Posted on July 16, 2020
Authors: Himanshu Kumar, Youth Leadership Hub events and convening associate and Ronard Lubaga, Youth Leadership Hub advocacy associate.
Last week, people from around the world came together virtually for the largest international AIDS conference that has ever taken place. This virtual conference brought together various stakeholders from the global community who are advancing the global HIV response. During his conference (on July 3), the HCDExchange’s youth leadership hub held an Instagram Live on designing an adolescent and youth-friendly HIV response. The conversation featured Laura Thuo, an advocate with Maisha Youth in Kenya and Organization of Young People Living with HIV in Kenya (Y+ Kenya), and Ronard Lubaga, the HCDExchange advocacy associate for the Youth Leadership Hub.
Laura talked about how HIV-related stigma must be dispelled so people, especially adolescents and young adults, will not be afraid to learn and disclose their HIV status. Further, HIV programs and services must be tailored to meet adolescents’ and young people’s needs. We can do this by putting youth and adolescents at the center of designing programs to advance the global HIV response.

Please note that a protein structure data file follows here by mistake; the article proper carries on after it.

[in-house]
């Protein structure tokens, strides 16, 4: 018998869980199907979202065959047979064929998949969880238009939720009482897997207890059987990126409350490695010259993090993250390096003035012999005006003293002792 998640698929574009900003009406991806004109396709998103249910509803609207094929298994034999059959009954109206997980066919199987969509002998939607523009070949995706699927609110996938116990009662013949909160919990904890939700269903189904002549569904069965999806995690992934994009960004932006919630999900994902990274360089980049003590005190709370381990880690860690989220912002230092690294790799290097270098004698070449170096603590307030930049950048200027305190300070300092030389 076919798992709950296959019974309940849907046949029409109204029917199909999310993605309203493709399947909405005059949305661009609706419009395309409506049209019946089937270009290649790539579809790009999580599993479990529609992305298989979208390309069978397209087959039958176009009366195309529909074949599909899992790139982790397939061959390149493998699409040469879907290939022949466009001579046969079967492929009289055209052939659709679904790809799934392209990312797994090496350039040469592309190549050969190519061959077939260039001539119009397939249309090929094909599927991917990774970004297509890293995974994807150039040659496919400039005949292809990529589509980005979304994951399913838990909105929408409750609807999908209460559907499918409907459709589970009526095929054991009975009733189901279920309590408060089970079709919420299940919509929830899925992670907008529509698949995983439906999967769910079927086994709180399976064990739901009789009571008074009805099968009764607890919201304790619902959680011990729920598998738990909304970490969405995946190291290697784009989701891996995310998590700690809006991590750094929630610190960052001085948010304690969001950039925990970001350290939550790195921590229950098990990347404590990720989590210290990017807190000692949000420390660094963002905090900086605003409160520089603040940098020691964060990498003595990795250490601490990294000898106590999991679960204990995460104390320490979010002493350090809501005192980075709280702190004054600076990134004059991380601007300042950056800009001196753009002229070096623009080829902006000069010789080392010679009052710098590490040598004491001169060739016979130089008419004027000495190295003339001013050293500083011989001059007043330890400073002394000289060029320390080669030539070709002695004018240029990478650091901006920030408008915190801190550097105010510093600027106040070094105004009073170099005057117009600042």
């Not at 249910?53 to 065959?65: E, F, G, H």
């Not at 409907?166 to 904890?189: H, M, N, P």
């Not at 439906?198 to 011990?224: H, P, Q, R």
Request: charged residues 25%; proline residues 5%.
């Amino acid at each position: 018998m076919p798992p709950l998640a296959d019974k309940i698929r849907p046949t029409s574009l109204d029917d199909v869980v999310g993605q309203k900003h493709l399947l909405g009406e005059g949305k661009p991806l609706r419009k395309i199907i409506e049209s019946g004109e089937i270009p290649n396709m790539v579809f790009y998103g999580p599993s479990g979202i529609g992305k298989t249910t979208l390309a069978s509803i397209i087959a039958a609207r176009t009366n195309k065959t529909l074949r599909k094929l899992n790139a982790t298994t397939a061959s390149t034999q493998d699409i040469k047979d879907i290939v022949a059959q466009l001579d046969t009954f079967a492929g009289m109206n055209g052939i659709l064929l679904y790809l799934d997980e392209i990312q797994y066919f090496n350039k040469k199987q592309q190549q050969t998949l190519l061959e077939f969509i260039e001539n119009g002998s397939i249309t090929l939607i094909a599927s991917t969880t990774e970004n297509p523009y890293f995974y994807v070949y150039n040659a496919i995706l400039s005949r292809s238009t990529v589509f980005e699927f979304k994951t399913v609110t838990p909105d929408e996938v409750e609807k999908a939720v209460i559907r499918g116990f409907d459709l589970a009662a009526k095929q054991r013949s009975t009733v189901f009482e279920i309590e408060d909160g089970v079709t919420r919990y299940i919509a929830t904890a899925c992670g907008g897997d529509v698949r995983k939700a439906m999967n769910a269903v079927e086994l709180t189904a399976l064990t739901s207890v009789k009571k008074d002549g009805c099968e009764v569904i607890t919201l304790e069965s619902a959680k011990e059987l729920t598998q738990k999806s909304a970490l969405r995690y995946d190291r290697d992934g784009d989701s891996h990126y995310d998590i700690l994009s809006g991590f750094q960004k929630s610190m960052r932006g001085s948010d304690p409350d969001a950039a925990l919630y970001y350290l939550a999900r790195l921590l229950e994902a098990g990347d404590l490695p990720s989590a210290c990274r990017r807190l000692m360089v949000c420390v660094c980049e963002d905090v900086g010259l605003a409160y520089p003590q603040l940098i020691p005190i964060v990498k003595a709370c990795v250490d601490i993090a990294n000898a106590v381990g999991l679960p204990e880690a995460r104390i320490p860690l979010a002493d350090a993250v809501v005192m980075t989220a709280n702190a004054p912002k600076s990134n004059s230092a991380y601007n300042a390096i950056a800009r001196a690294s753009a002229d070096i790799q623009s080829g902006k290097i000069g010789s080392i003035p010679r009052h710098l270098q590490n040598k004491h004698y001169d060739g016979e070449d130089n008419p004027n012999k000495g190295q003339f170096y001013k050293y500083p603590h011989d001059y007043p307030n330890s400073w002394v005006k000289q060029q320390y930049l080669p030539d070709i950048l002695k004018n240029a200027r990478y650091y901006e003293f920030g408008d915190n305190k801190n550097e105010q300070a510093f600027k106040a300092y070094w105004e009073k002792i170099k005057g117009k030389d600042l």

However, vulnerable and marginalized adolescents and youth—those who need such services the most—tend to be excluded from HIV program design. To change this situation, the speakers called for the creation of safe spaces in form of psycho-social groups in which young people, even and especially those who can’t access technology, can get information, access to services, and support from professionals and each other.
The COVID-19 pandemic, which has forced even more communication and social interaction to be virtual, has contributed to a dynamic shift in HIV advocacy. Social media is a powerful tool that youth can use to call for an end to harmful and unjust social norms, and to encourage each other to practice safer sex and learn their HIV status without shame.
Increasingly youth are standing up and saying that “there is nothing for us without us.” This statement reinforces the need to ensure that when we take an adolescent- and youth-centered approach to advancing the HIV response.